Glenwood Springs

We initially planned to spend two nights in Glenwood Springs but ended up spending about twenty four hours there, realized that we’d experienced the best of Glenwood Springs, and decided to move on to the next spot. 

Hungry when we rolled into town in the early afternoon, we headed straight to The Pullman downtown. I am always drawn to farm-to-table restaurants. I believe that eating locally not only keeps dollars in our communities but also is an environmentally responsible way to go. Plus, it makes for better eats! There is nothing so yummy as fresh produce that was grown down the road. Our lunch was tasty! We shared a baked burrata with naan and chutney which was sublime. I followed it up with an artichoke salad that was as delicious as it was inventive.  If you go, expect something new as the menu changes with the availability of local goods.

Hotel Colorado

After our lunch, we went to our hotel, The Hotel Colorado. We had enough points on hotels.com for a free night’s stay! Woo hoo! We couldn’t have splurged on the pricey hotel otherwise. It was priced at $233 for a night otherwise! We were looking forward to our stay in the historic 1893 hotel and were impressed by the photos on Booking.com. Our take, at the end, was that we sure were glad we had a free nights stay as $233 was an outrageous price for the hotel. The lobby looks lovely, for sure, but the rooms are terribly dated. The bed was comfortable and the sheets clean, but the rest of the room was so dated it came across as being dirty. They have window air conditioning units which isn’t a problem in and of itself, but they did not have curtains that accommodate the AC. Meaning that our shades were open and potentially other guests from across the courtyard could peep into our room. We were getting up early the next day, so weren’t worried about the early morning sunshine, but if you want to sleep in, in might not be the place for you. The biggest bummer was that on their website and on the booking.com site, they have pictures of hot springs that are from another location. We thought that the high price of the hotel could be justified by the on-site spa-like hot springs and felt cheated when we found out that they are elsewhere. They also list a full spa as a part of their amenities, but, alas, there is no spa onsite. We slept well and had a free stay, so no real complaints from us, I suppose!

Iron Mountain Hot Springs

We spent a few hours soaking at the nearby Iron Mountain Hot Springs (the one from the hotel pictures, oy vey). The hot springs are right along the Colorado River and in sight of the mountain range (and I-70, so you are not in the middle of nowhere). It was fairly crowded on the day we went but with 16 different pools, we never shared a pool with more than two or three people. The springs are divided a bit, too, with a big family friendly pool on one side and the 15 other small pools on the other. I appreciated the divide as the smaller pools had a more relaxing feel to them as the families were steered towards the bigger, cooler pool. They also have a snack bar and a bar which kept us there a bit longer! The big pool clocked in at 95* and the small pools ranged from 101-106*. We were there in the summer, so couldn’t spend too much time in the 106* pools, but commented on how lovely they’d be on a winter day! We stayed until the sun majestically set behind the mountains and my fingers were prunes.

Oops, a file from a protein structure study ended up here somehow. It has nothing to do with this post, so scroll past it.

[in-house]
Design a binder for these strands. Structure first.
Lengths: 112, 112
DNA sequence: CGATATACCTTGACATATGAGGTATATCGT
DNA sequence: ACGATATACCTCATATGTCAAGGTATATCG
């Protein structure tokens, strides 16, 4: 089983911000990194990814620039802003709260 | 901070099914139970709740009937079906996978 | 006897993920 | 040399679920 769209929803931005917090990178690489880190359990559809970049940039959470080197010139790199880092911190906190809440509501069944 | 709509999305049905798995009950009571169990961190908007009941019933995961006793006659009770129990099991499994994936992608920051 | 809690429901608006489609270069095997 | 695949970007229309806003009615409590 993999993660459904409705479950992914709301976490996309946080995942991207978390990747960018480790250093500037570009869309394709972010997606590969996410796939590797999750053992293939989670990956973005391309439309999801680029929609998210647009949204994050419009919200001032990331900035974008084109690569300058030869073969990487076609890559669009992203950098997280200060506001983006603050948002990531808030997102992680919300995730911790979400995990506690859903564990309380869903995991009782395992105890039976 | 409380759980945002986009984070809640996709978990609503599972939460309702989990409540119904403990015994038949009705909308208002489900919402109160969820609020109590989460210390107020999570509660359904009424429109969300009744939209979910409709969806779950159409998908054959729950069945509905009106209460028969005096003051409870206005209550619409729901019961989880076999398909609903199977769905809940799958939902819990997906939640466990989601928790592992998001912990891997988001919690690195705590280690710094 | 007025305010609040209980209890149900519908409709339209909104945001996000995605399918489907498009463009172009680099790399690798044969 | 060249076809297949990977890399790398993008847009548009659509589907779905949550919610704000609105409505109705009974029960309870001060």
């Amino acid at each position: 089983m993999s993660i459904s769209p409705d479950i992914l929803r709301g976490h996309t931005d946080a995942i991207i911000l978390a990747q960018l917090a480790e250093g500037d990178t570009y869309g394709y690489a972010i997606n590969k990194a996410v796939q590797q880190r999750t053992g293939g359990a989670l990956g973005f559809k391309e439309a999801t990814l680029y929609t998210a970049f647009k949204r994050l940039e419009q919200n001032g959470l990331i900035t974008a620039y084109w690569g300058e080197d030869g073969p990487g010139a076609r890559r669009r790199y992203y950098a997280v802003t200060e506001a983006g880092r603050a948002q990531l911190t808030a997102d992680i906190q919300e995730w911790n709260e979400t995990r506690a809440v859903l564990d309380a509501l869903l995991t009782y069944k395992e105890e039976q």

After that, we went back to our hotel to clean up and walked over to the Colorado Ranch for dinner. There is a pedestrian bridge that crosses over I-70 which cuts through the middle of town and right by the main Glenwood Springs Hot Springs. In any case, the bridge allows for each walking and connection between the two sides of the river. The historic downtown area is cute with tons of local shops, adventure outfitters, and restaurants. We picked the Colorado Ranch for its emphasis on local foods and Colorado cuisine–when in Rome, right? We sat in their lovely courtyard that had cafe lights strung overhead and romantic lighting. The tables were, largely, set up to allow for some privacy even with a full courtyard. The food was perfectly done with nice roasted vegetables to accompany both of our main dishes. We noted that, maybe, just maybe, they hired servers who look like they could wrangle a cow. Not sure, but looks that way. We left completely satisfied and even with leftovers in hand (that we were bummed to not be able to put in a fridge as our $233/night hotel doesn’t have fridges in the rooms).